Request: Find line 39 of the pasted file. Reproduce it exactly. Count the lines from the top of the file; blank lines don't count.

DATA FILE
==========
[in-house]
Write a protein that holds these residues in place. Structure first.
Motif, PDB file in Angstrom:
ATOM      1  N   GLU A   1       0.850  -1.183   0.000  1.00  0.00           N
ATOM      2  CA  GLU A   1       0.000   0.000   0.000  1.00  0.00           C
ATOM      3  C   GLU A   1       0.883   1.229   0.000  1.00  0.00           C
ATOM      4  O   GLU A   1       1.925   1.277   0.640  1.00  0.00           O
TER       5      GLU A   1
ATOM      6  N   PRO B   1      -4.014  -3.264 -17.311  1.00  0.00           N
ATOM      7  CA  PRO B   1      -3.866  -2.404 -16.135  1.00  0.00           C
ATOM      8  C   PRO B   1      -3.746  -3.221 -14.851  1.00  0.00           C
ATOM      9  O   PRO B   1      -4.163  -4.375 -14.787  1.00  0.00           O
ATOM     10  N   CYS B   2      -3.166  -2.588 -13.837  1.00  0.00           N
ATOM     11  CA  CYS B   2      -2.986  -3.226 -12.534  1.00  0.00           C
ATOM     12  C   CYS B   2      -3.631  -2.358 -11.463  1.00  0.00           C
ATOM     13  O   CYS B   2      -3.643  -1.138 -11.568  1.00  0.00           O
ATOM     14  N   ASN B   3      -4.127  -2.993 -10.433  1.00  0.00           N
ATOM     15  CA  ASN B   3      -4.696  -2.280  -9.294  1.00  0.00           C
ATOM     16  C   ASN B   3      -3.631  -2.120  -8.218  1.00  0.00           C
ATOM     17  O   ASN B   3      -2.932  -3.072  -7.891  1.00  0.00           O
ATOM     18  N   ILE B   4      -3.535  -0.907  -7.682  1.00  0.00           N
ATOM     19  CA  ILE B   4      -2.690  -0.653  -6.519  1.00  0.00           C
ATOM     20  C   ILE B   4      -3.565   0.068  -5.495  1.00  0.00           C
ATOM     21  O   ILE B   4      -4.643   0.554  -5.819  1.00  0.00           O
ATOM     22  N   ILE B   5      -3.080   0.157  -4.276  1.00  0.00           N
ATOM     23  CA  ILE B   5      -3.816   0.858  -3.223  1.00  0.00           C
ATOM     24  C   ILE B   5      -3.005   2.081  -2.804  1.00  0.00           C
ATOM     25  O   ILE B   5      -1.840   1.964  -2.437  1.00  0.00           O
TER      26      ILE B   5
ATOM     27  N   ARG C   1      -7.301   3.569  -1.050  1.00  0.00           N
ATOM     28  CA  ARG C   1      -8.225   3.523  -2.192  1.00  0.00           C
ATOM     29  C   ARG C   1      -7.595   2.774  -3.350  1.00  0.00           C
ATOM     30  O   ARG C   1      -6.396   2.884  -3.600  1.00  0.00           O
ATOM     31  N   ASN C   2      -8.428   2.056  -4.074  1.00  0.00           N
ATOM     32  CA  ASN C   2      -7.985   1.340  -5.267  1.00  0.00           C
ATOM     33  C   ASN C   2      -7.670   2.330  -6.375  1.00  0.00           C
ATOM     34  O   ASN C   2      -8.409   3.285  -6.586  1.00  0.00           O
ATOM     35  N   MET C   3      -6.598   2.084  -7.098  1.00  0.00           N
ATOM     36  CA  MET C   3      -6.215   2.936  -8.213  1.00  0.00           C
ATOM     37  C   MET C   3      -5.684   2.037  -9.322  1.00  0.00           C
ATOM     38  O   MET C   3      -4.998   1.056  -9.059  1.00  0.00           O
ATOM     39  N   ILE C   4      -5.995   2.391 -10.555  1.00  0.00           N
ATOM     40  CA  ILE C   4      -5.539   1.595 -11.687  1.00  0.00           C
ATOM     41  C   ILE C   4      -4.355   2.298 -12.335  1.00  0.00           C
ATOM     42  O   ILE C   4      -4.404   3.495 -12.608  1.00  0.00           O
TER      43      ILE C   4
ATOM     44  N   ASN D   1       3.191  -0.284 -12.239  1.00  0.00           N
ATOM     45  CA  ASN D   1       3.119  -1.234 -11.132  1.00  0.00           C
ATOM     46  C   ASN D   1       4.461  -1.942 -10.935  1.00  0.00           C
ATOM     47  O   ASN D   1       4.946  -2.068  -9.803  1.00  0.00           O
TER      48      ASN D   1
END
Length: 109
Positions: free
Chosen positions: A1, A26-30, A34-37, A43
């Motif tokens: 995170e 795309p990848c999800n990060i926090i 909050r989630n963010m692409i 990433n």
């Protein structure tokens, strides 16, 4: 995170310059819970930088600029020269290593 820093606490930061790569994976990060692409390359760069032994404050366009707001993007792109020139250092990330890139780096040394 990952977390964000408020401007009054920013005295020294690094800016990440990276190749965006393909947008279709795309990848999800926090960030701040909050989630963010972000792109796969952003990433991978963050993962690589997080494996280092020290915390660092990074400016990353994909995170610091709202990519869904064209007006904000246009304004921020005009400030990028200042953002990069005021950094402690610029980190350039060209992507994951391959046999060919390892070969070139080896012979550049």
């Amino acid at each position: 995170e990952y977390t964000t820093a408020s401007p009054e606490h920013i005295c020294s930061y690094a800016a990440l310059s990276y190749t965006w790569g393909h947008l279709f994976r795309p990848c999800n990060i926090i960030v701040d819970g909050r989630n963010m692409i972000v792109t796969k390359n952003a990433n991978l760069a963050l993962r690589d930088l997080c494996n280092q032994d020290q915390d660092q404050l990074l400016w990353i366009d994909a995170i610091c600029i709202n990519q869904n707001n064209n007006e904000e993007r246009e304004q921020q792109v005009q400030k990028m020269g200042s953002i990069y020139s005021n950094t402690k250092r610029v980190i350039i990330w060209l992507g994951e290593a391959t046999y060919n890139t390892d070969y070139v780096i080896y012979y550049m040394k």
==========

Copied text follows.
ATOM     36  CA  MET C   3      -6.215   2.936  -8.213  1.00  0.00           C